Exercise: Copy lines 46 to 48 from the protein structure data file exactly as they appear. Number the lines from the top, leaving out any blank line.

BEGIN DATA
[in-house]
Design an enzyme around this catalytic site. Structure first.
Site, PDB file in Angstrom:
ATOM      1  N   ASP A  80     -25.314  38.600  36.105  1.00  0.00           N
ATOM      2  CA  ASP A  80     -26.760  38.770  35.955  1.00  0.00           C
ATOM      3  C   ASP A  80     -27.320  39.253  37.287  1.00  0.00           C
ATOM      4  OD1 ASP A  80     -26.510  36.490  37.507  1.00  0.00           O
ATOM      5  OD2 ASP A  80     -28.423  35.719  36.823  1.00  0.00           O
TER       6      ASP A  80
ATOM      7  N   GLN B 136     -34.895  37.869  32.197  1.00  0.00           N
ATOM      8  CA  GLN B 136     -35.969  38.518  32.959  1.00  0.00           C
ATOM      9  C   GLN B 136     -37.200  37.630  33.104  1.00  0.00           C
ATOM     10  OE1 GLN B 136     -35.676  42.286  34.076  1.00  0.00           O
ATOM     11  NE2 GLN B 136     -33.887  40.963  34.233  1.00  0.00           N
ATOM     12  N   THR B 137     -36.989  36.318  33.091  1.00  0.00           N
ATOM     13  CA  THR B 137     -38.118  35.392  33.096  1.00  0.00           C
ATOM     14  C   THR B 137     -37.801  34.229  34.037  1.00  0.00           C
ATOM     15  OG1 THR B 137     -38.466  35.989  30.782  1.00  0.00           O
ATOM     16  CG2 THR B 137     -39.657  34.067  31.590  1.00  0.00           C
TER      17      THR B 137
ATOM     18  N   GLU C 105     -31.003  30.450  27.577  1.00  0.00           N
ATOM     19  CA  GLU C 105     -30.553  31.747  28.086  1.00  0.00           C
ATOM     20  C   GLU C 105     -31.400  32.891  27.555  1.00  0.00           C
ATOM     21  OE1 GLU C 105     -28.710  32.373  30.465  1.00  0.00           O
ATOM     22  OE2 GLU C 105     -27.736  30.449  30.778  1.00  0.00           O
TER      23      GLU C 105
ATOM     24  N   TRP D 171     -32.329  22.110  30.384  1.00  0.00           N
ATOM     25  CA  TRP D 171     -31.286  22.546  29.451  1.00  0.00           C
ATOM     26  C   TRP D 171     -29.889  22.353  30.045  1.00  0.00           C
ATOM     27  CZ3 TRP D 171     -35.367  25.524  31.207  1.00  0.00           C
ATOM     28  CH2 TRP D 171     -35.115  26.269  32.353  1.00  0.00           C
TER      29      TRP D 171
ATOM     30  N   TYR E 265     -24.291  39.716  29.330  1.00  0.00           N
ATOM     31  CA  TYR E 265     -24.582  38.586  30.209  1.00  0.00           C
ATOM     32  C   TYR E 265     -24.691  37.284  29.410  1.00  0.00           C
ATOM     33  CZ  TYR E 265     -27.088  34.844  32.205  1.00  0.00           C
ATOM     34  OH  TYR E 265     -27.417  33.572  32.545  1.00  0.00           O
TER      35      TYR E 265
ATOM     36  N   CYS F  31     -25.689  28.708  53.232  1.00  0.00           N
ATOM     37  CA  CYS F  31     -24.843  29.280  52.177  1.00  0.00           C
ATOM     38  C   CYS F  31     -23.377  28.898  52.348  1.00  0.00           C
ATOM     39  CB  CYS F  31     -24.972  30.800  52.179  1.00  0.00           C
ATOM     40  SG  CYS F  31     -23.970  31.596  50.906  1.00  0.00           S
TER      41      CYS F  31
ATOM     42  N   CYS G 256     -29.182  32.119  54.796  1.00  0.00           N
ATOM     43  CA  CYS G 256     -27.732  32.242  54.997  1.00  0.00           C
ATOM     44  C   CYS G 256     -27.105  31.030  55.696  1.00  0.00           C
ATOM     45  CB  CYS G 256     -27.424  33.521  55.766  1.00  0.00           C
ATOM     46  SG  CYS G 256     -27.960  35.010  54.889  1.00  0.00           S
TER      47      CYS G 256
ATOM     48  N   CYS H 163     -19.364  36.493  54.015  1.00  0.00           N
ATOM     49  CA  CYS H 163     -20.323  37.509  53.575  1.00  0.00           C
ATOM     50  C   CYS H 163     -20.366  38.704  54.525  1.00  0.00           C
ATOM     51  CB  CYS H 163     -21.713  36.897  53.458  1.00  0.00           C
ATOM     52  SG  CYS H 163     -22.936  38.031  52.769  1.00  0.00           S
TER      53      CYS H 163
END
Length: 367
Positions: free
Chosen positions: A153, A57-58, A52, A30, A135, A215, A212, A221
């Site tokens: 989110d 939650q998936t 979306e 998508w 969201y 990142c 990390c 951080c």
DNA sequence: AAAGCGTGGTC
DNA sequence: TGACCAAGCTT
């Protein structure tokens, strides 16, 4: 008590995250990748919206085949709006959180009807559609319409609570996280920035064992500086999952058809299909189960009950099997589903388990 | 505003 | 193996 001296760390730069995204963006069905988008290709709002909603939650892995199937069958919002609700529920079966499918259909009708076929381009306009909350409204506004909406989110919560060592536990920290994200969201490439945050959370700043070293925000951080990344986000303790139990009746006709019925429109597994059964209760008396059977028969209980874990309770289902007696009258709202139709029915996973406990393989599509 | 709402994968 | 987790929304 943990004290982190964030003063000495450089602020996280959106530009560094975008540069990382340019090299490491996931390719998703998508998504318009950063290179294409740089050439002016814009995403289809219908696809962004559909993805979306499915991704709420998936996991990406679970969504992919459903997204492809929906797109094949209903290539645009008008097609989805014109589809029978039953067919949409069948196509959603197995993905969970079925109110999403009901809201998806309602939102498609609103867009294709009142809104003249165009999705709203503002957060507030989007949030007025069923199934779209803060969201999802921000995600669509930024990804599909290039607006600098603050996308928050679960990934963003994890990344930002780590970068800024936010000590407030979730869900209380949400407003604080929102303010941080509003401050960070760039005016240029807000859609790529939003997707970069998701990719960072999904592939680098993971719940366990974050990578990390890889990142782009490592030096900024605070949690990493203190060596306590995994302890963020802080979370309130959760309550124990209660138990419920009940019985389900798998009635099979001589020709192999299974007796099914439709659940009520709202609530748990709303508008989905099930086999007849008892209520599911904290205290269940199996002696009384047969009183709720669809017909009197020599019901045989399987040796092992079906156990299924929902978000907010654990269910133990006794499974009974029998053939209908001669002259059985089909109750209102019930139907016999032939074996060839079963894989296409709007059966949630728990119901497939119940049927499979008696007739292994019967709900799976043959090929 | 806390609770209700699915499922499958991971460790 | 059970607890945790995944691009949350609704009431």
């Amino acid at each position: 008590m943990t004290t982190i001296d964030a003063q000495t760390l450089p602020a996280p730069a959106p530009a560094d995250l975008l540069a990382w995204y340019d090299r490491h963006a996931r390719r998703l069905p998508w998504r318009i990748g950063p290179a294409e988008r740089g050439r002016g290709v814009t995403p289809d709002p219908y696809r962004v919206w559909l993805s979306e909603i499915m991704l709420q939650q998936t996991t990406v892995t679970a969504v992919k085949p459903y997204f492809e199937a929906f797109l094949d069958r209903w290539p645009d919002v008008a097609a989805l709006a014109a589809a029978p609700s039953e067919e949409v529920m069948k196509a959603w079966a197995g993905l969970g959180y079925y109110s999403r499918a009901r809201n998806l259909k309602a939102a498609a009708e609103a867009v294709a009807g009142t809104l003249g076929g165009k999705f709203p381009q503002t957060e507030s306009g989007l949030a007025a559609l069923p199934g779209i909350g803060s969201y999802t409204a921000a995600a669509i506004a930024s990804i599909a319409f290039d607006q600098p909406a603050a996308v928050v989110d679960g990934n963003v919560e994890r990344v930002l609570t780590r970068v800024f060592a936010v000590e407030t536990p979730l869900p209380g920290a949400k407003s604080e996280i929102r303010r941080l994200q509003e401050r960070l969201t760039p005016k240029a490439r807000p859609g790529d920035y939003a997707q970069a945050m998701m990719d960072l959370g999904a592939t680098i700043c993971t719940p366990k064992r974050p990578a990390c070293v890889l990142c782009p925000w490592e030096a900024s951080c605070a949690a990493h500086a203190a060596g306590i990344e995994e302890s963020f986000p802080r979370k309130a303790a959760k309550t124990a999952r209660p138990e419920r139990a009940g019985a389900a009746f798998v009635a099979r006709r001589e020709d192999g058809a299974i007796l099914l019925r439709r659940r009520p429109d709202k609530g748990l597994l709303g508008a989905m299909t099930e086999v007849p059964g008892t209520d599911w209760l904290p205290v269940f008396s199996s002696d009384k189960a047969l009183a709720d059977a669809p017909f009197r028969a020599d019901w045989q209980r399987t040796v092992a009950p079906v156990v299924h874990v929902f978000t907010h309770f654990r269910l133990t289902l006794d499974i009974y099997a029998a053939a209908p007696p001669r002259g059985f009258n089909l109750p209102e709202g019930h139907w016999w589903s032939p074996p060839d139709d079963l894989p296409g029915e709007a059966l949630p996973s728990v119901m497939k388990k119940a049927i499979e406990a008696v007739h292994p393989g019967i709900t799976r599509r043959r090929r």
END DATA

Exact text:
ATOM     43  CA  CYS G 256     -27.732  32.242  54.997  1.00  0.00           C
ATOM     44  C   CYS G 256     -27.105  31.030  55.696  1.00  0.00           C
ATOM     45  CB  CYS G 256     -27.424  33.521  55.766  1.00  0.00           C